Like Jeanette Rankin, Shirley Chisholm made congressional history when she became the first African-American congresswoman. She represented New York State in the House of Representatives for seven terms, and went on to run for the Democratic nomination for presidency in 1972. Championing minority education and employment opportunities, Chisholm also campaigned against the draft. During her presidential nomination campaign, she survived three assassination attempts and went on to leave behind a long legacy of outspoken advocacy. “I’ve always met more discrimination being a woman than being black,” Chisolm told the Associated Press in 1982. “When I ran for the Congress, when I ran for president, I met more discrimination as a woman than for being black. Men are men.”
Betty is one badass mother — of feminism. Her book The Feminine Mystique ignited the feminist movement in the ’60s and ’70s, forever changing the feminist cultural landscape. She also co-founded the National Organization for Women, which is still alive and kicking today and advocates for such high-profile causes as abortion access and closing the pay gap.
Who says girls don’t dig STEM? Dr. Sally Ride defied this stereotype in a big way. She was an astronaut and physicist, perhaps most famous for being the first woman in space and the youngest American to ever orbit Earth, at age 32. After her astronaut career, Ride founded the Sally Ride Science to inspire young women interested in science and math. Touting an impressive list of awards, Ride was posthumously awarded the Presidential Medal of Freedom in 2013, which gained special significance when it was revealed that she was a lesbian. Not too shabby, eh?
Maya Angelou is one of the greatest voices of contemporary American literature. Her autobiography I Know Why the Caged Bird Sings quickly became a best-seller and was nominated for the National Book Award. But she’s much more than a writer. A master of French, Spanish, Italian, Arabic and the West African language Fanti, Maya is a well-traveled poet, memoirist, novelist, educator, dramatist, producer, actress, historian, filmmaker, professor and civil rights activist. And here’s another fun fact: She was he first black streetcar conductor in San Francisco.
Lilly Ledbetter is the face of the fight for equal pay. After discovering that she had been paid less than her male colleagues at Goodyear Tire & Rubber Company, Lilly filed a formal complaint with the Equal Employment Opportunities Commission and a lawsuit, which made its way to the Supreme Court. Although she ultimately lost that case, Ledbetter’s example continues to inspire those working to close the pay gap.
Sandra Day O’Connor shattered the legal profession’s glass ceiling in 1981 when she became the first female Supreme Court Justice. Her seat on our nation’s highest court has opened the door for other female justices, including Ruth Bader Ginsberg, Sonia Sotomayor and Elana Kagan. Among her many accomplishments, the moderate conservative O’Connor was known for carefully considering the facts and staying above the partisan fray. She tended to vote in line with her politically conservative nature, but she still considered her cases very carefully. For example, as Republicans called on the court to reverse the Roe v. Wade decision on abortion rights, O’Connor’s vote in favor of upholding the landmark case was the deciding factor.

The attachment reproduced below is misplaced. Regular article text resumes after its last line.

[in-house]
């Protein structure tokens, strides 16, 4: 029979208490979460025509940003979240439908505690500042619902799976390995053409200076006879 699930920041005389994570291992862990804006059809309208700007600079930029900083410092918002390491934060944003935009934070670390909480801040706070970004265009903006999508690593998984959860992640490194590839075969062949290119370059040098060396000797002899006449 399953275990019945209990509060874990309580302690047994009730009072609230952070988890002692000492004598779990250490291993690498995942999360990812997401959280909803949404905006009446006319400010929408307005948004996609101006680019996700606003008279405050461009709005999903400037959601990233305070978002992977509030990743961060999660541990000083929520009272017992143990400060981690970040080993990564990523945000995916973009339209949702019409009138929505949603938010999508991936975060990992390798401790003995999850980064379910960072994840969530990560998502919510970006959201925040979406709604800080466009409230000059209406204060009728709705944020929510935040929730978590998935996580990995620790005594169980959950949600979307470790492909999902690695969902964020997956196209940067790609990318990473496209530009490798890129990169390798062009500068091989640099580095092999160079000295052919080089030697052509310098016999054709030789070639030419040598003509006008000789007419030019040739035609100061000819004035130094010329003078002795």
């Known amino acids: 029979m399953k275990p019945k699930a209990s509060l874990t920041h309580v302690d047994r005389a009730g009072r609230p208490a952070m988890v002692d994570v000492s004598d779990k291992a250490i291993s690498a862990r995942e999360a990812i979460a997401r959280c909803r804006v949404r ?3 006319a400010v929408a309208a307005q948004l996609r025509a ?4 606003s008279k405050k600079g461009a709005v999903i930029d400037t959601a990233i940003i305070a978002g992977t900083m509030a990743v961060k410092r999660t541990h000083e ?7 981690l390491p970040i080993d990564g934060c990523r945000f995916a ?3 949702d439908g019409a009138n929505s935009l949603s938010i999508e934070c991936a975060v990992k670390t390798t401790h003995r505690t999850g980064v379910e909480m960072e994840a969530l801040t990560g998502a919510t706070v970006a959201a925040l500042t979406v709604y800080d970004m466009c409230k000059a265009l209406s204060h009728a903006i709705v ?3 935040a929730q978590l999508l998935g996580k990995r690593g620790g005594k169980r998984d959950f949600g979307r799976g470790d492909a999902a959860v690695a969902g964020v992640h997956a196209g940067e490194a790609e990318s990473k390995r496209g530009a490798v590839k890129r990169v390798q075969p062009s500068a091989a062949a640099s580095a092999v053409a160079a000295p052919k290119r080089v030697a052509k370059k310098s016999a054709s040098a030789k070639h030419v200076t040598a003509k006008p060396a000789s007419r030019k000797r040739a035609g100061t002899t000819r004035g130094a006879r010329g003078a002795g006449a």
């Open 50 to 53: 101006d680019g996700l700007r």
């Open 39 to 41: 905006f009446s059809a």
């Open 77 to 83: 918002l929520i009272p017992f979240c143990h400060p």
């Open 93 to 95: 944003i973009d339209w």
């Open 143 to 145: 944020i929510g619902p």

Angela Davis is a scholar, civil rights activist, women’s rights activist, author and rabblerouser. A member of the U.S. Communist party, she was once jailed for charges related to a prison outbreak, though was ultimately cleared of the charges. One of Davis’ most well-known books is Women, Race & Class, but Davis has spent the second half of her life working for gender equity and prison reform. Davis currently teaches at University of California, Santa Cruz.
A preeminent leader in the feminist movement for decades, bell hooks is the author of numerous books on the politics of race, gender, class and culture including familiar with her work Ain’t I a Woman: Black Women and Feminism, which Publishers Weekly named one of the “20 most influential women’s books of the last 20 years” in 1992. Outspoken and at times controversial, hooks’ advocacy is a testament to the impressively long-lasting influence of the feminism movement’s academic luminaries.
Dolores Huerta is a labor leader and civil rights activist, who alongside César Chávez, founded the National Farm Workers Association. At 83-years-old, she’s still fighting and advocating for the working poor, women and children. In 2012, President Obama presented her with the Presidential Medal of Freedom. Speaking about the influence of Huerta on women, especially Hispanic women in America, Secretary of Labor Hilda Solis noted in a statement that Huerta’s “passion for justice has expanded to include women’s equality, reproductive rights and LGBT issues. Her dancing eyes and sweet voice continue to inspire people across the country and around the world, just like they did for a young girl from La Puente who grew up to be the first Latina in a president’s cabinet.”
Grace Lee Boggs is an author, feminist and lifelong social justice activist. A daughter of Chinese immigrants, she developed a decades-long political relationship with the Marxist, C.L.R. James, and was very active in the Civil Rights and Black Power Movements. Grace’s life is the subject of the award-winning documentary American Revolution.
Ann Dunwoody is the U.S. Army’s first four-star general. She joined the Army in 1974, and was commissioned as a second lieutenant in the Women’s Army Corps in 1975. Since then, she served at every level of command, until she retired in 2012. Dunwoody’s success serves as a reminder that women are every bit as integral to the armed forces as men are. Women can also rise to the top of the military hierarchy — which is exactly what opponents seek to prevent.
Although more of a household name than many other women on this list, Gloria Steinem is a reminder that young people still don’t understand the important legacy of feminist advocates. As an organizer, journalist and activist, Steinem has played an integral role in the women’s movement for decades. In 1963, she made waves when she went undercover as a Playboy bunny and exposed the exploitative working conditions and sexual demands often made of the “bunnies.” The founder of Ms. Magazine and the Women’s Media Center, where she works to achieve equality for all people, not just women. And a better understanding of the women from this list can only help further this goal.